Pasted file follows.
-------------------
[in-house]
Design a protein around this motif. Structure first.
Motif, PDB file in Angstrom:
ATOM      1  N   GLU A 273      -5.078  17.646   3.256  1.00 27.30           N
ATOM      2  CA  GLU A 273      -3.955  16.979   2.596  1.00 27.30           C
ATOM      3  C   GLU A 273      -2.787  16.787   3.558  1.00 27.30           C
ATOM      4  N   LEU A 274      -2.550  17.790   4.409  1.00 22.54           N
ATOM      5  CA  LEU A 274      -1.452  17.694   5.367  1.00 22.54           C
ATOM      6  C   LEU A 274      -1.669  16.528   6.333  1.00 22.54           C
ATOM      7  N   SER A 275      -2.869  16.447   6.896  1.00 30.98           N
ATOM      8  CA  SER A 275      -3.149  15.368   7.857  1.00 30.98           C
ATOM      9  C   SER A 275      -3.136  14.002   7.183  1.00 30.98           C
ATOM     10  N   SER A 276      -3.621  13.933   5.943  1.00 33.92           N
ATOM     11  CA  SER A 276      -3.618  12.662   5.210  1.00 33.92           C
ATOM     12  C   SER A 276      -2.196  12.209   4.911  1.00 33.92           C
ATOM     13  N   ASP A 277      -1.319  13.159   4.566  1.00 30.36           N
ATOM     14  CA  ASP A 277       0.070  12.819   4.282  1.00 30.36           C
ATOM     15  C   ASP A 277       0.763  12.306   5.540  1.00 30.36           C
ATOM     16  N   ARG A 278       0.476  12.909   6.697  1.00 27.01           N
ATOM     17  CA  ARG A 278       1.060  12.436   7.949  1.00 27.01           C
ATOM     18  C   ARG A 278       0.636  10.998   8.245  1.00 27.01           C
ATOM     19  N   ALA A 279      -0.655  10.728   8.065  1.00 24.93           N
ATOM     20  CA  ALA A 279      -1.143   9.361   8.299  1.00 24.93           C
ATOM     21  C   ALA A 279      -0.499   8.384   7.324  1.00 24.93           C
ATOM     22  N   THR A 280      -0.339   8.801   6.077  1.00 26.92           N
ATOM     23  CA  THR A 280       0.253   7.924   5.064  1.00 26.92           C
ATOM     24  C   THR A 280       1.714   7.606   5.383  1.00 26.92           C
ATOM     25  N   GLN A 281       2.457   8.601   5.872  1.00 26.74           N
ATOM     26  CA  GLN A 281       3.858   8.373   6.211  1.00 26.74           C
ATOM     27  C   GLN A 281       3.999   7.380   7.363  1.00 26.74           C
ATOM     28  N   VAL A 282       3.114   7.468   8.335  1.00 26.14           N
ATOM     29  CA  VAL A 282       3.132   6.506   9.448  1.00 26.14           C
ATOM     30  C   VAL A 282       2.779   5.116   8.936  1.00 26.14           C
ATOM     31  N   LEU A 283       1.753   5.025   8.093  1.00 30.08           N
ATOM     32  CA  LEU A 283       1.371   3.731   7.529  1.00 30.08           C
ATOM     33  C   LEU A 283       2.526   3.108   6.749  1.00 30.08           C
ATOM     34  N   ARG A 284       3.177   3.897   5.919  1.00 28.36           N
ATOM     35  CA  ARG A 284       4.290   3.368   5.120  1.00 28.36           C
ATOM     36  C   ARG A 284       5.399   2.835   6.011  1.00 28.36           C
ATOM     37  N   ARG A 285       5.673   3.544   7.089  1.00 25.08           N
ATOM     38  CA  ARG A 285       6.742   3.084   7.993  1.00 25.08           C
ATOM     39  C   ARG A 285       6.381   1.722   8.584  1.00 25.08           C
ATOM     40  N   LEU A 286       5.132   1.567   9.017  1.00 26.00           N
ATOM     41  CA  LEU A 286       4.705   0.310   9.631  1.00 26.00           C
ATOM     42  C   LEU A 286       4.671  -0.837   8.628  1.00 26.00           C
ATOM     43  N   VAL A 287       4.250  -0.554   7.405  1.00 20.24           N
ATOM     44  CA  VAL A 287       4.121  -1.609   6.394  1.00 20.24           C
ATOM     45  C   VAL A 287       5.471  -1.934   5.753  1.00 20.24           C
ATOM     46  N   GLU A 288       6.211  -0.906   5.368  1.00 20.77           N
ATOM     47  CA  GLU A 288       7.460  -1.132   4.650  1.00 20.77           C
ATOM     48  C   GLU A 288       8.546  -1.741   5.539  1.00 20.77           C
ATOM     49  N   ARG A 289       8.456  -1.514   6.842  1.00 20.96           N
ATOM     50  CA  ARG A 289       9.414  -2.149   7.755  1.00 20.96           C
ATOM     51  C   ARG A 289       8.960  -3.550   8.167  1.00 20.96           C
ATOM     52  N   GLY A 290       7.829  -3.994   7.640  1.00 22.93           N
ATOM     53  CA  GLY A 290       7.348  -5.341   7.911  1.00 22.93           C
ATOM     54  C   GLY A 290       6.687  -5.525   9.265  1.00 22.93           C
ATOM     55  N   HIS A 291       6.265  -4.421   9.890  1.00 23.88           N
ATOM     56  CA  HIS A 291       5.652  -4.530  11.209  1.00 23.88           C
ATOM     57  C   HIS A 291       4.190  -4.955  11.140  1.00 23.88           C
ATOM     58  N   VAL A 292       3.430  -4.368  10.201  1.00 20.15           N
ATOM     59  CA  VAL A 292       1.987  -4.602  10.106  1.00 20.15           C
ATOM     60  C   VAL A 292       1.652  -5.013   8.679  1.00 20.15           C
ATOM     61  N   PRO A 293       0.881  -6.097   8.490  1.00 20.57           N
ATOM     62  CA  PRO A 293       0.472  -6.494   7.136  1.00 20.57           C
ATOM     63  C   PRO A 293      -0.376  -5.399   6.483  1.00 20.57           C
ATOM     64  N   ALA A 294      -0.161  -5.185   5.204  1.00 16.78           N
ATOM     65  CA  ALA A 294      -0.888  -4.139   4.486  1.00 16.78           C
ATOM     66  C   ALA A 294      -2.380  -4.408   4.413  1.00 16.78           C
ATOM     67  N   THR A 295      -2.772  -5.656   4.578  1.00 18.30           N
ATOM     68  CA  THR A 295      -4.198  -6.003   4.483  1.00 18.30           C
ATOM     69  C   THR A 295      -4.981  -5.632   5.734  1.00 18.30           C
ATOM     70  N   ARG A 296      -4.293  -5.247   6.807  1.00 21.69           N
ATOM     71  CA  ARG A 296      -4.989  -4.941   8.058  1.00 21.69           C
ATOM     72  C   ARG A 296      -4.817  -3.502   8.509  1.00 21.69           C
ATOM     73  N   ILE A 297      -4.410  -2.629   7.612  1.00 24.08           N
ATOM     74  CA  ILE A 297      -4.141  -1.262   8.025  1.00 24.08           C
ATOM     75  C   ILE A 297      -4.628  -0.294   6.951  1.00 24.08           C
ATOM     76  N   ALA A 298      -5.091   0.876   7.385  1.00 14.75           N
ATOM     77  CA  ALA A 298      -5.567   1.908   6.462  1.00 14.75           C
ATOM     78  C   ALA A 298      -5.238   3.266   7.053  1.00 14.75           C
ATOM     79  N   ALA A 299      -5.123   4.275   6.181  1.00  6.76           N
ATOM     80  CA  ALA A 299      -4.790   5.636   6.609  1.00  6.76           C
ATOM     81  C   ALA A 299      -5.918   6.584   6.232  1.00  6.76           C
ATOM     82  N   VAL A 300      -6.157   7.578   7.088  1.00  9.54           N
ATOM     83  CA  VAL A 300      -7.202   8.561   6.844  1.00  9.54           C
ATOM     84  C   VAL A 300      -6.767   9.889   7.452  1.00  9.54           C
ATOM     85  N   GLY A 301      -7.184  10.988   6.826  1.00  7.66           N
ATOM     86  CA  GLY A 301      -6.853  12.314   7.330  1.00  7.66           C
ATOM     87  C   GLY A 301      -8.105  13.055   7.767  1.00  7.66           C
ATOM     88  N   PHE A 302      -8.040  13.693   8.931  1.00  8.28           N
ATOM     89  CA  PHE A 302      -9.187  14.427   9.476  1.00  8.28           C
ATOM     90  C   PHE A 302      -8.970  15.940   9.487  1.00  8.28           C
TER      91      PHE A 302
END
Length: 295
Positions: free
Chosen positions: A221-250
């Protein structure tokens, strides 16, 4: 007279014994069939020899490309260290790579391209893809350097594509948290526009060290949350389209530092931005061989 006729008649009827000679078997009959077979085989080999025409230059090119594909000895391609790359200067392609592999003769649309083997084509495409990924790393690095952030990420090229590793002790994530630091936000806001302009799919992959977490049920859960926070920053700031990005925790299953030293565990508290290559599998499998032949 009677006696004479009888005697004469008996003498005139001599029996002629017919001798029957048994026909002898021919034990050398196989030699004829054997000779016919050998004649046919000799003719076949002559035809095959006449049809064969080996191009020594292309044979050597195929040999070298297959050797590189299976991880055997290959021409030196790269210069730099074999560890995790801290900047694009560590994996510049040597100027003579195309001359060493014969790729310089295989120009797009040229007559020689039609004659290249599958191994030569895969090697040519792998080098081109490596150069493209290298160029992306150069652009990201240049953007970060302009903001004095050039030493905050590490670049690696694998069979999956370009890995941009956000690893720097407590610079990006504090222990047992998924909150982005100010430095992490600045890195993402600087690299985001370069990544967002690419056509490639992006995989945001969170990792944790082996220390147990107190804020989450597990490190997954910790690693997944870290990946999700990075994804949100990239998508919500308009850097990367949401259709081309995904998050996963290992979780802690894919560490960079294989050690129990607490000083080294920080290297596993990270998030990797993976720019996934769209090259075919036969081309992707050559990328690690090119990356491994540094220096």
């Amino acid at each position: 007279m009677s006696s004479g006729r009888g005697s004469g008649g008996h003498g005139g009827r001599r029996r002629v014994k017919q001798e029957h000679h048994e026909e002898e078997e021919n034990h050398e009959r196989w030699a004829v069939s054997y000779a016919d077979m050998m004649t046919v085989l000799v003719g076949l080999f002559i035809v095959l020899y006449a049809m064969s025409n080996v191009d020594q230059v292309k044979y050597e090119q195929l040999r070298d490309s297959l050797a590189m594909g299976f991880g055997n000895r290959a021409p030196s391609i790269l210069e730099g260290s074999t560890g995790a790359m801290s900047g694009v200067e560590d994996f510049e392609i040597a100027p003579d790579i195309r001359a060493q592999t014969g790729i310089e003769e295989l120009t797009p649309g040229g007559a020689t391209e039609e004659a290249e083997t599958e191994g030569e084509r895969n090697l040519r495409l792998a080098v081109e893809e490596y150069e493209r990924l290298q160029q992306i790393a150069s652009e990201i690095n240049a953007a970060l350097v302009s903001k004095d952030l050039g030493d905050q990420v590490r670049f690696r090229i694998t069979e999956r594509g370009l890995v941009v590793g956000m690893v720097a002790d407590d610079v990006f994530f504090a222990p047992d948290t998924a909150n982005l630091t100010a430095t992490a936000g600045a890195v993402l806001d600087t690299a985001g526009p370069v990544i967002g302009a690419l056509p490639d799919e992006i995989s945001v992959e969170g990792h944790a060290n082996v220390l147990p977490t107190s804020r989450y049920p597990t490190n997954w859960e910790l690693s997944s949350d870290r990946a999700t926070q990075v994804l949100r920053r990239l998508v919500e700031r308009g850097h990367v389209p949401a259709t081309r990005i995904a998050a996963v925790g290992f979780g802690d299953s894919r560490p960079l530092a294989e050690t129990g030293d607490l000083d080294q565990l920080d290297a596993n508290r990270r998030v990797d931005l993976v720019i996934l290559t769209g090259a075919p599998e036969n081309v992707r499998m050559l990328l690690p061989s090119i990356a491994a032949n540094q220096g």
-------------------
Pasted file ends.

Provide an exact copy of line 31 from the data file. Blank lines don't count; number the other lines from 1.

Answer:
ATOM     28  N   VAL A 282       3.114   7.468   8.335  1.00 26.14           N